Let $G$ be a profinite group and $H$ be an open subgroup. As a continuous $H$-topological space, we have $G=\coprod_{G/H} H$. Does this also hold as condensed sets, i.e. do we have an identification of $\underline{H}$-condensed sets $\underline{G}= \coprod_{G/H} \underline{H}$ ? If not, what can we say about the structure of $\underline{G}$ as an $\underline{H}$-condensed set ? More generally, can we say something about the structure of a compactly generated topological group as a condensed set with an action of (the condensed group associated to) an open subgroup of finite index ?

  • $\begingroup$ I think that the functor $X\mapsto\underline X$ from T1 topological spaces to condensed sets preserves coproducts. Filtered colimits of condensed sets could be computed pointwisely w.r.t. extremally disconnected sets, thus it suffices to show that this functor preserves finite coproducts. Finite coproducts of condensed sets is the sheafification of finite coproducts of presheaves on the site of extremally disconnected sets, and the result follows from unrolling the definitions (and the compactness, in general topology, of extremally disconnected sets). $\endgroup$
    – Z. M
    Aug 4 at 16:43
  • $\begingroup$ I think I don't understand how one computes the sheafification in this case, can you say something about that ? Also, extremally disconnected sets are not compact objects in the categorical sense so I don't follow your argument of reduction to finite coproducts (it doesn't matter though as I am only interested in the commutation with finite coproducts anyway). $\endgroup$ Aug 5 at 9:28
  • $\begingroup$ Ok, I understood the sheafification argument, the point is to show that the sheafification of a finite coproduct presheaf $\coprod \underline{X_i}$ is $S\mapsto \mathrm{Cont}(S,\coprod X_i)$ by showing that the latter satisfies the universal property. This comes from the fact that for a map $f:S\to \coprod X_i$ we can write $S=\coprod f^{-1}(X_i)$, a finite disjoint union of extremally disconnected sets; $f$ is then uniquely determined by the maps $f_i : f^{-1}(X_i)\to X_i$ $\endgroup$ Aug 5 at 10:39
  • $\begingroup$ The reduction to finite is argued in the same way. I do not claim that they are compact objects. The disjoint union of the target gives rise to an open cover on the extremally disconnected source. I am not commuting it with arbitrary filtered colimits or so. $\endgroup$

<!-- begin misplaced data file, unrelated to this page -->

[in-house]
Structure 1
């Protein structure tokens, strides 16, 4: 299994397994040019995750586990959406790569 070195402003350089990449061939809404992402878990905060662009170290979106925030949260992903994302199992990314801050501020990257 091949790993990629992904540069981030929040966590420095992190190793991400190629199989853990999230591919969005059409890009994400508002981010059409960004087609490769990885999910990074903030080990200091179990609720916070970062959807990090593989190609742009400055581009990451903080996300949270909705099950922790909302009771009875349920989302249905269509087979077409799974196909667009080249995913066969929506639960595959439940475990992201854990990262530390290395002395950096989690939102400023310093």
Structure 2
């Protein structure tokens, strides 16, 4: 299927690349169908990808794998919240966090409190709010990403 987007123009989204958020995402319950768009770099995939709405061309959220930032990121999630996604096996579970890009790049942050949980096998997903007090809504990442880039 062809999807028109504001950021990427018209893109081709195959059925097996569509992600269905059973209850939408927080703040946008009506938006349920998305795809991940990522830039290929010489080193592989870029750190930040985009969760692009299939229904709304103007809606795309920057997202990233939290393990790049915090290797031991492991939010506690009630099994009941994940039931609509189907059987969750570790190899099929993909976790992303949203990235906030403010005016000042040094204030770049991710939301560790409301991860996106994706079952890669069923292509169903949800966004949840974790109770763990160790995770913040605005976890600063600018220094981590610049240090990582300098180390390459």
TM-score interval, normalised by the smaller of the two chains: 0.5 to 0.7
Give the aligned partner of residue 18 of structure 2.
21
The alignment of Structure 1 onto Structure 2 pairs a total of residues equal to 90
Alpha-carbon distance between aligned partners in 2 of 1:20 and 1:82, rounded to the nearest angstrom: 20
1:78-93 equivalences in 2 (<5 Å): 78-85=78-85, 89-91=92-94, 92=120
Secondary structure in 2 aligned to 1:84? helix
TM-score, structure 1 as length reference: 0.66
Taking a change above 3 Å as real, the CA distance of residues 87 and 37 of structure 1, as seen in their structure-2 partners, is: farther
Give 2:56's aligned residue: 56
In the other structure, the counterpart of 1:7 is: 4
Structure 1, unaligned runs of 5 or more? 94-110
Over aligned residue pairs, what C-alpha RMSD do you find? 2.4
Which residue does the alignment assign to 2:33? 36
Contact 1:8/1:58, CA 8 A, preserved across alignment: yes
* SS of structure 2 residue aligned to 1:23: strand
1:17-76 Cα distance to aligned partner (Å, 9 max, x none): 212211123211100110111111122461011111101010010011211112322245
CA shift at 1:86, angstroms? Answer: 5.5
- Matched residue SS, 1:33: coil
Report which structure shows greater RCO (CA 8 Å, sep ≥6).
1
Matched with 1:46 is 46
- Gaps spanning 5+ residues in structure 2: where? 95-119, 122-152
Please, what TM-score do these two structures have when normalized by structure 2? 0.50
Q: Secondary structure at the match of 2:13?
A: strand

– Z. M
    Aug 5 at 14:41

1 Answer 1


Yes, that is true. I'm not sure I'm explaining the step that's confusing you, but you are asking about a special case of the statement that the functor $S\mapsto\underline{S}$ from profinite sets to condensed sets commutes with finite coproducts. This is a formal consequence of the fact that the Grothendieck topology on profinite sets used in the definition of condensed sets allows such finite disjoint unions as covers.

Even more generally, if $G$ is any condensed group (for example $\underline{G}$ for a topological group $G$) and $H\subset G$ is a subgroup that is open (in the sense that for any profinite set $S$ with a map $S\to G$, the pullback $S\times_H G\subset S$ is an open subset of $S$ -- this is satisfied for $\underline{H}\subset \underline{G}$ for an open subgroup $H$ of a topological group $G$), then as a condensed $H$-set, one has $G\cong \bigsqcup_{G/H} gH$, where the index set $G/H$ is a discrete condensed set (i.e. just a set). Indeed, it is clear that $\bigsqcup_{G/H} gH$ injects into $G$ (on the level of presheaves, and thus after sheafification). But for any map $S\to G$ from a profinite set $S$, one has, set-theoretically, $S=\bigsqcup_{G/H} S\times_G gH$, and each term $S\times_G gH\subset S$ is open. Thus, this gives an open cover over which one gets a map to $\bigsqcup_{G/H} gH$, as desired.


Your Answer

By clicking “Post Your Answer”, you agree to our terms of service, privacy policy and cookie policy

Not the answer you're looking for? Browse other questions tagged or ask your own question.